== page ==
Independent Sector Creates World's First Global Licensing Agency
The world's independent record sector, responsible for artists including The White Stripes, Arctic Monkeys, Tom Waits, Pixies, De La Soul and Cat Power, launched Merlin, the world's first global music new media licensing agency, with the message:
"Equitable deals for ALL independents"
A one-stop licensing shop, Merlin will leverage the sector's 30% world share* for licensing Web 2.0 and emerging media. The most important development yet seen within the independent sector, with no obvious corollary in other industries, Merlin will make it easy to license up to 80%* of the world's new releases through a single point of contact - potentially replacing the need to negotiate thousands of individual deals.
Merlin will improve access and level the playing field with new and emerging media, rectifying the 'poor cousin' status of deals previously offered to independents, where they have been tabled at all. Neither an aggregator nor a distributor, Merlin's remit is to seek and negotiate new media deals that can't be easily negotiated locally or individually. Operating outside the space occupied by Collecting Societies, Merlin will redress the growing assumption that, for emerging media, only the four majors need to be licensed, with the rest free to air.
Newly appointed CEO Charles Caldas, former CEO, Shock Entertainment Group (Australia's largest independent music and entertainment distributor), has already begun talks with new media companies whose very existence was difficult to envisage just 18 months ago.
Said Charles, "The form of copyright apartheid currently being applied to the value of independent rights is unacceptable. Merlin will enable independents around the world to participate in new licensing and revenue models on competitive terms and give new services more direct access to their repertoire. Together we are bigger than the largest major."
Commented Martin Mills, chairman of the Merlin Steering Group, IMPALA and The Beggars Group, "Merlin will license collectively the individually unlicensable, and aggregate our collective volume as the virtual fifth major. Magic!"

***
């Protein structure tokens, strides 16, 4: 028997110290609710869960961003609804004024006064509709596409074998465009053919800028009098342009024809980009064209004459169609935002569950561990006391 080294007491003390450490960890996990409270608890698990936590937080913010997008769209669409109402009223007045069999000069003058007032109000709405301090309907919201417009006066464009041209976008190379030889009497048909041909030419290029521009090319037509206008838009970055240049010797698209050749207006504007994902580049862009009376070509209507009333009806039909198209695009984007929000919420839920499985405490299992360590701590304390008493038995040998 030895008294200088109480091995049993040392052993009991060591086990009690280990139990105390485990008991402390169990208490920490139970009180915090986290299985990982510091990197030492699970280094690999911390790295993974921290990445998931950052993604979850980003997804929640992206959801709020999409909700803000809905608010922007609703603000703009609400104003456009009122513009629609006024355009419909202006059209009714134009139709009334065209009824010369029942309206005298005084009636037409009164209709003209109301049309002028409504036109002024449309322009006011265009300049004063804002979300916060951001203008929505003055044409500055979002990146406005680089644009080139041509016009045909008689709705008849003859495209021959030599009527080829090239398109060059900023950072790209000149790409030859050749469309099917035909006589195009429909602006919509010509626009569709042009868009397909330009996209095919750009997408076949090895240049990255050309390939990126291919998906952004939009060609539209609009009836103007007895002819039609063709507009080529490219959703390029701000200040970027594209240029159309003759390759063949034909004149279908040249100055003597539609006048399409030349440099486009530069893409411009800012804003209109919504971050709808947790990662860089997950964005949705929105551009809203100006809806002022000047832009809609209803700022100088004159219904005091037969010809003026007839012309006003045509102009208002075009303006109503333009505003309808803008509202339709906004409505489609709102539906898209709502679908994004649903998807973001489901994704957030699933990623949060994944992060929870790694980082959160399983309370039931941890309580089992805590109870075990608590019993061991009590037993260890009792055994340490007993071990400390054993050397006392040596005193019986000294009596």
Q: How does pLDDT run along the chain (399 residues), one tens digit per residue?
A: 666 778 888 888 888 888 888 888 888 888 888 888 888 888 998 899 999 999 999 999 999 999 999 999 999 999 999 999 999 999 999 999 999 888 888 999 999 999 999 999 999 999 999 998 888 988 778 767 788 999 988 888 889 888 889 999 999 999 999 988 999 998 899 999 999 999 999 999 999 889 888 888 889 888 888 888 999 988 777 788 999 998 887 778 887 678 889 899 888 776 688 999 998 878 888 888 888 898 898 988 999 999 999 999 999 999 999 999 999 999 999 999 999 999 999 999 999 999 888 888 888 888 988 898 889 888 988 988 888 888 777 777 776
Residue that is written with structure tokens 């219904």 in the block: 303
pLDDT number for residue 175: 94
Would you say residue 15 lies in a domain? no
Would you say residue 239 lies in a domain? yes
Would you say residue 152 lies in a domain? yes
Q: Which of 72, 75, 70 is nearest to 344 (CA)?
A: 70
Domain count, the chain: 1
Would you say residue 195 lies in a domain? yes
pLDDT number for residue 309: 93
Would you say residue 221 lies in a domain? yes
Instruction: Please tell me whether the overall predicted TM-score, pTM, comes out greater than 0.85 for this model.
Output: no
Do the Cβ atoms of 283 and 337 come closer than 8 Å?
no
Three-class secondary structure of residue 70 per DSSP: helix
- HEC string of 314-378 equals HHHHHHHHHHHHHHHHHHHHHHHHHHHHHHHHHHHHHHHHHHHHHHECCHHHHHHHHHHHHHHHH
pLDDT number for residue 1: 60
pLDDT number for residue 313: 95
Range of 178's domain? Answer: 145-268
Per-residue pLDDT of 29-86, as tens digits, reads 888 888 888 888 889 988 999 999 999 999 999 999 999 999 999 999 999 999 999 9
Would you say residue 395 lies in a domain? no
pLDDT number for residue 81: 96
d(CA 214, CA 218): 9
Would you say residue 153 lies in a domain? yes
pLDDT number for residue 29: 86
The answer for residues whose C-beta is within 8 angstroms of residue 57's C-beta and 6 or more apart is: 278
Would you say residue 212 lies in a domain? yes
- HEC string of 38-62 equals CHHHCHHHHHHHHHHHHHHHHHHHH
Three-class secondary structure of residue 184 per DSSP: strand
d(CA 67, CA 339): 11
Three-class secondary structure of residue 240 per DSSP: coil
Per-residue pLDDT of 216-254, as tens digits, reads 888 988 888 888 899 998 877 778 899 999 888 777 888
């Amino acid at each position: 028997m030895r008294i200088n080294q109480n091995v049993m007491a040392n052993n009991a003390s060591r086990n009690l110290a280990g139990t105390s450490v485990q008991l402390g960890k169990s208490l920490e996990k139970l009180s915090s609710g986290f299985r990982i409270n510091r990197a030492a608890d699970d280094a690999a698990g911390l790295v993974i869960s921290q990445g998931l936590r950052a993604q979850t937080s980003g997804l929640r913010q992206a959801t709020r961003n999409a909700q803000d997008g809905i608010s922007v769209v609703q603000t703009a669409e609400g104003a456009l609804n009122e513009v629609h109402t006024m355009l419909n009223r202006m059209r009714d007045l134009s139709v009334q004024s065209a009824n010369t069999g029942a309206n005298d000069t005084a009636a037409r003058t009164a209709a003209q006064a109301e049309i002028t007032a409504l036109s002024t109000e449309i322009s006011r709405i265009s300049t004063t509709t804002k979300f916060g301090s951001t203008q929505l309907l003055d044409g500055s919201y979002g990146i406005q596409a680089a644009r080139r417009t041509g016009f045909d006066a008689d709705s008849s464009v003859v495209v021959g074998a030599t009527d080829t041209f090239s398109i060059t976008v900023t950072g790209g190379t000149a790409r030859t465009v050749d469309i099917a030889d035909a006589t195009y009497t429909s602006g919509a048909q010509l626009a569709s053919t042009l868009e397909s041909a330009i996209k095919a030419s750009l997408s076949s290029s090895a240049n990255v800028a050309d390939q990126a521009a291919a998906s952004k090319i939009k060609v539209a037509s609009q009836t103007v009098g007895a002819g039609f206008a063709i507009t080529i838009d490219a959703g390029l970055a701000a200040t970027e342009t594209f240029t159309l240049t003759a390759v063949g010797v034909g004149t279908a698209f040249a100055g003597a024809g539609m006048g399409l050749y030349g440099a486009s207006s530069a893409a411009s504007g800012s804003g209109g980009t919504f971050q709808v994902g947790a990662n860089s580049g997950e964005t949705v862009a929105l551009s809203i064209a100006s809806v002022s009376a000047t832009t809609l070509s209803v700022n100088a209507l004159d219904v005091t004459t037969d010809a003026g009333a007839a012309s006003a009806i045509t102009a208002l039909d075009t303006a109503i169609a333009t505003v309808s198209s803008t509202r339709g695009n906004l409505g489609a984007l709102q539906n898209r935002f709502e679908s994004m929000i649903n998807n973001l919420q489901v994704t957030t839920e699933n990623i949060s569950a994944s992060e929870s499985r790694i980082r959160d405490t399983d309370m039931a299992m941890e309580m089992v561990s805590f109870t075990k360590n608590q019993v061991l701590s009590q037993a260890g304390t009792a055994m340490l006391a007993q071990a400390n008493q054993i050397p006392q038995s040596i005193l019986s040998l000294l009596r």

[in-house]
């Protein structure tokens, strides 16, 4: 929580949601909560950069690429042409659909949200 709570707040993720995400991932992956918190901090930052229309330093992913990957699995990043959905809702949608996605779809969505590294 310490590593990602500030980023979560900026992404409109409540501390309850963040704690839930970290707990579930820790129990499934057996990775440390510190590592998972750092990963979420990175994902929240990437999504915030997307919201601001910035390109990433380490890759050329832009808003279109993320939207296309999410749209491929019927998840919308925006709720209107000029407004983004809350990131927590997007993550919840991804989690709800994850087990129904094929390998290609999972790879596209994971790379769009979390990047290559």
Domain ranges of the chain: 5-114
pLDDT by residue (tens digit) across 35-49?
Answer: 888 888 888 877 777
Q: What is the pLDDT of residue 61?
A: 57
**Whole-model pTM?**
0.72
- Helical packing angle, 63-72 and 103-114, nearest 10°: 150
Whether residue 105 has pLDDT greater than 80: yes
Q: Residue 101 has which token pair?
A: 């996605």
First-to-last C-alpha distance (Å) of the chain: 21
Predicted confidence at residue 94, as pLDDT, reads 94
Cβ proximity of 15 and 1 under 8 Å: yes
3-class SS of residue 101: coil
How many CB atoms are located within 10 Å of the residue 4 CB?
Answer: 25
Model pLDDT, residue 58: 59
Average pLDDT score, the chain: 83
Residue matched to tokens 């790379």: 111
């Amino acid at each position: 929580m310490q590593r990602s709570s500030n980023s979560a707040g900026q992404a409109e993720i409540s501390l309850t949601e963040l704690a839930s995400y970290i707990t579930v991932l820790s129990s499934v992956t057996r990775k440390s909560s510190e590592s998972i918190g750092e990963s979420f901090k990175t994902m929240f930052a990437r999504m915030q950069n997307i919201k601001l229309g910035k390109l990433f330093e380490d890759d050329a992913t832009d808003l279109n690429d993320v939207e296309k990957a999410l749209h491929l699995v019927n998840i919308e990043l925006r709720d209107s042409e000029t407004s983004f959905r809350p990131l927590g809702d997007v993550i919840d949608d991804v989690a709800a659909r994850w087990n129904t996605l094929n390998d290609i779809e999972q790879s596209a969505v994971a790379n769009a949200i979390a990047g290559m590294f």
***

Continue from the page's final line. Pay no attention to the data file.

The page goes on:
Alison Wenham, president World Independent Network, said, "Merlin is the culmination of several years' work, and will be a unique global vehicle for licensors and licensees alike. Independents will now achieve parity with each other and with the majors in getting a fair share of the revenues now being generated by new business models.
"Without Merlin, the sector ran a huge risk of being cut out of the revenue chain. No more. And in Charles, we know we have secured the services of a highly dedicated music professional, who will steer Merlin to be recognized as the global home of the independents for new media licensing."
A multi-national initiative in the truest sense, Merlin has already been ratified by the World Independent Network (WIN), a global trade body with trade association members from around the world, IMPALA (European Independent Music Companies Association), UK (AIM), France (UPFI), Canada (CIRPA) Germany (VUT), Norway, Japan, (ILCJ) Sweden (SOM), Brazil, (Visom) Spain (UFI), New Zealand (IMNZ ) and Australia (AIR) as well as marquee labels including The Beggars Group, Edel, Ministry of Sound, !K7, PIAS and members of the American Association of Independent Music (A2IM) including Koch, Epitaph, Matador, Tommy Boy, as well as a string of distributors and aggregators around the globe.
Merlin is a sister organization to WIN, and has been incubated by WIN as it's first major global project. Merlin will operate as a stand- alone non-profit company owned by its members and based in The Netherlands and London.
CEO Charles will report to a board of rights owners from around the globe to be elected and ratified over the coming days. Merlin will welcome input and participation from all independent labels from around the world.
* Independent sector global market share 2005 is 29.0%, source Music & Copyright, Sep 13 2006. 80% of releases stat based on an amalgamation of Nielsen Soundscan figures (2005: 81.65% of total US releases were independent) and BPI figures (2005: 83% of total UK releases were independent).
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